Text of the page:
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October 7, 2009
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The Big Idea 
  • Apple exits Chamber of Commerce, as climate debate shifts
    Apple is the fifth major company in less than two weeks to cut ties with the Chamber of Commerce over the group's stance on climate change legislation. Niv Elis argues that the group is out of step with a growing number of businesses that support climate change regulations. Some experts suggest that defying the chamber on this issue is a matter of self-interest for these businesses, since companies that embrace climate change measures early may enjoy better public relations and a strategic competitive advantage if emissions restrictions later become compulsory. Forbes (10/5) LinkedInFacebookTwitterEmail this Story
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Strategic Management 
  • How to manage your brand image through context
    The context in which a consumer experiences your brand affects their perception of the advertisement, this article argues. Companies should strive to position brand messages in ways that provide favorable comparisons or create a positive association with an even more desirable brand, the authors suggest. Kellogg Insight (10/2009) LinkedInFacebookTwitterEmail this Story
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On Leadership 
  • Why you should focus on one thing at a time
    The secret to affecting major personal change is limiting your efforts to one problem at a time, Peter Bregman writes. Focusing on a single problem isn't just easier, he writes, it tends to be more effective than a sweeping overhaul. When a person wants to change their life, they often go overboard, focus on too many areas, become frustrated and give up, he notes. "If you're going to work on a weakness, never choose more than one," he writes. Harvard Business Review online/How We Work blog (10/6) LinkedInFacebookTwitterEmail this Story
  • The secret behind Generation Y's leadership deficit
    Members of Generation Y are less adept at handling ambiguity, Jason Seiden writes. That doesn't just make them more difficult to manage, he suggests, it may require a complete rethinking of what leadership means. Companies will have to readjust their organizational charts to put decision-making power in the hands of the few people on staff who can handle it, while career paths will become more structured, he argues. SmartBrief/SmartBlog on Workforce (10/5) LinkedInFacebookTwitterEmail this Story
Innovation and Creativity 
  • Why technology is a mixed blessing for innovators
    Social media may be able to spur innovation, but only if the technology is able to enhance spontaneous collaboration, rather than impede it, writes Scott Raskin, CEO of Mindjet. The invention of e-mail ultimately hurt collaboration, he suggests, because it allowed workers to rely on static messages to convey information, instead of dynamic discussions. Companies should look for ways to utilize collaborative technologies such as wikis, which encourage many people to work on a project at once, instead of everyone taking turns, he writes. Tech blog (10/5) LinkedInFacebookTwitterEmail this Story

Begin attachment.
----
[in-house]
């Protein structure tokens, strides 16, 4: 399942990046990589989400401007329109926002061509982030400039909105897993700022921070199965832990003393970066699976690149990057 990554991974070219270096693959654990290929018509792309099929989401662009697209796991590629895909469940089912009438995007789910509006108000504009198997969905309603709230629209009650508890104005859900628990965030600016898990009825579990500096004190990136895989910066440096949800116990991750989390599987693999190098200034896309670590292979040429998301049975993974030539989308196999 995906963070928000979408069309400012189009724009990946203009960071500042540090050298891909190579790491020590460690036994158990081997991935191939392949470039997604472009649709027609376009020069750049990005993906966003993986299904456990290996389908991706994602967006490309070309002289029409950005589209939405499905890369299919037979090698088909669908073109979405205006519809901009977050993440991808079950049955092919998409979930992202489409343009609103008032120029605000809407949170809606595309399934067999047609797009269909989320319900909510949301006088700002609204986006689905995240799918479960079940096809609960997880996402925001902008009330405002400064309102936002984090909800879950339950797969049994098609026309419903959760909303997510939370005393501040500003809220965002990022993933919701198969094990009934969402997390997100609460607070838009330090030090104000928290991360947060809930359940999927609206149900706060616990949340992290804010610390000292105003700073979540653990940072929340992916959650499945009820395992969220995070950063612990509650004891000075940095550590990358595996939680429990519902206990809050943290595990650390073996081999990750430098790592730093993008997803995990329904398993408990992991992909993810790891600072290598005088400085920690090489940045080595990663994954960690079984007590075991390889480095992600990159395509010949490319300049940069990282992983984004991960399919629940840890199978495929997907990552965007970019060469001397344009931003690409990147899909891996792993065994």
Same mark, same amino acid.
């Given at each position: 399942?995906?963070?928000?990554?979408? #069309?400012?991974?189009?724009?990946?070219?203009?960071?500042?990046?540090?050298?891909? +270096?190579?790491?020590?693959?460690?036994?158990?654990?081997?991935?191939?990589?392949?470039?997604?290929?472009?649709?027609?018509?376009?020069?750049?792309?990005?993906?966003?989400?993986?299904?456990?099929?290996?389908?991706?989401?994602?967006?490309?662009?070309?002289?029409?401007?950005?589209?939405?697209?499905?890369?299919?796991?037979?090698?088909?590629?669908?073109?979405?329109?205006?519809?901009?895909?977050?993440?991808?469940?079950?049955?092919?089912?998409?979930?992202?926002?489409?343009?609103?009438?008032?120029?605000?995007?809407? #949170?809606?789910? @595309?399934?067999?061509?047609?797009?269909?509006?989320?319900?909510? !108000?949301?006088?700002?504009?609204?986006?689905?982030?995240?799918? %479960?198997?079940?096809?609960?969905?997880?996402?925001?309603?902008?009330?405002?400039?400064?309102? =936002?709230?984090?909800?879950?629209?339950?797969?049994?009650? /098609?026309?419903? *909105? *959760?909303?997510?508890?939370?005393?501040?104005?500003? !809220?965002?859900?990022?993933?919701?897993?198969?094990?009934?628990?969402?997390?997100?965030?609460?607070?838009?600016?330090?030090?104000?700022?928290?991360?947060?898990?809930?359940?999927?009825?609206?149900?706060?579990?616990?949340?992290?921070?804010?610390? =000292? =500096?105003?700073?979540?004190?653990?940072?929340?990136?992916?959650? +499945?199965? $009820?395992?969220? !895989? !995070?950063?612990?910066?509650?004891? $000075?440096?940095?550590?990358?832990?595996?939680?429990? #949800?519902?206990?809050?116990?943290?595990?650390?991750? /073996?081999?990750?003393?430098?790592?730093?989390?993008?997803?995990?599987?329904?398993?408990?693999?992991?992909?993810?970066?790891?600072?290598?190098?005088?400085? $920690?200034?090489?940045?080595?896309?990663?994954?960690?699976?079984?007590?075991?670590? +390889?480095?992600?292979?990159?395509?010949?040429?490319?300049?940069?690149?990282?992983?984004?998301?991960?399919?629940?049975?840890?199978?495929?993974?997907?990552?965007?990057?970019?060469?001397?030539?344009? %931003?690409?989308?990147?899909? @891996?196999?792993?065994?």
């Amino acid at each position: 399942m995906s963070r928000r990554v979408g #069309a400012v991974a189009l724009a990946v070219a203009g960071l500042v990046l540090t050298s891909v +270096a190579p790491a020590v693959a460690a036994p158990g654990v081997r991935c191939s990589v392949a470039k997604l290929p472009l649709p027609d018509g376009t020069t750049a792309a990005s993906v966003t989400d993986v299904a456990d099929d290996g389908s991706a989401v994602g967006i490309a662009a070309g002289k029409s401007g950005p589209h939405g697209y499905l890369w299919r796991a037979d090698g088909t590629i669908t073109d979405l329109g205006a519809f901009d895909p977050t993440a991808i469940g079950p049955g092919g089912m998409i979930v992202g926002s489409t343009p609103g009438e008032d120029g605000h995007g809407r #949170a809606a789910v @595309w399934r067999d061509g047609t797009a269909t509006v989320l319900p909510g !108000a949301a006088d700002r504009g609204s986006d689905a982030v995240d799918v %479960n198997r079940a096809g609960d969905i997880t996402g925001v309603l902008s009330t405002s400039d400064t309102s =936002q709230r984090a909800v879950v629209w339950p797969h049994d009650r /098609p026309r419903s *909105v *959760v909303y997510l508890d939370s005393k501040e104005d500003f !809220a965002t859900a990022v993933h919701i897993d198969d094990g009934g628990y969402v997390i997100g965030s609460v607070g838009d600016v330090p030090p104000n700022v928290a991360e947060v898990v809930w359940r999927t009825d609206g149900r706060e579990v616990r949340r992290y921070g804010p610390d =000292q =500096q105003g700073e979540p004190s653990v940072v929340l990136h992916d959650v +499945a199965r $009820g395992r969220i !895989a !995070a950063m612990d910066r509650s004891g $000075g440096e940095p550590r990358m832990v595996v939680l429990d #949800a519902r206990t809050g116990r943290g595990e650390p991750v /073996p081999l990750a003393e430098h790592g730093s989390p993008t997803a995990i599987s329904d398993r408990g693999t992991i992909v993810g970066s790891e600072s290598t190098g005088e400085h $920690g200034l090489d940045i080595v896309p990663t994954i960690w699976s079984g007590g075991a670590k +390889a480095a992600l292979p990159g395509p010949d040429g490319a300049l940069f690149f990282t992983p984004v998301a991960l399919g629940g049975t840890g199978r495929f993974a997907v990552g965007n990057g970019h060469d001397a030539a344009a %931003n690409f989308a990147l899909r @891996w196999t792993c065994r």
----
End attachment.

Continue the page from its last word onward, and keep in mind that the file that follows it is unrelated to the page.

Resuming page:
• Is it among your goals to cultivate customers to become advocates, or evangelists, for your brand?
    We want customer advocacy but don't have any specific initiatives to create it or measure it yet.  37.22%
    Yes, we actively seek to convert our satisfied customers to become advocates for our brand.  33.33%
    We have a formal goal of stimulating a specific level of positive recommendations from our customers and we measure it.  12.72%
    This thinking doesn't relate to our business. The closest we get is to look for referrals from customers.  9.78%
    No, we haven't really addressed this as part of our strategy.  6.95%
  • More than good buzz: Customer advocacy of their brand is on the radar screen for 83% of the 864 participants in this poll. 46% have actually figured out what to do and undertaken to achieve it. Almost 13% have incorporated it into their formal goals. Whether it's a way of expressing satisfaction or of creating good word-of-mouth, we also know it's aligned with a higher perceived value for the brand vs. competition. --Eva Schmatz, president, Summus Limited
  • Have workforce reductions at your company in the past year yielded productivity gains that will dampen new hiring needs?
Yes, our workforce reduction has uncovered efficiencies that we will maintain going forward.
Yes, since the cutbacks, we've found ways to be innovative and do business differently.
No, as demand returns, our staffing needs will equal or exceed what they were before the business contraction.
No, but there is so much long-term uncertainty that we are going to exercise great caution in staffing up again.
We never cut back on staffing.

Daily Diversion 

Norwich University's Master of Science in Organizational Leadership program prepares emerging leaders from a broad range of institutional settings to positively impact their organizations. The curriculum explores conceptual and theoretical models of leadership, emotional intelligence, strategic communication, and human capital management.

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Featured Content 

Take ambiguity away from leadership, and you take away tough decisions and responsibility. What you're left with is overpaid administration."
--Jason Seiden, author of "Super Staying Power: What You Need to Become Valuable and Resilient at Work," writing in SmartBlog on Workforce
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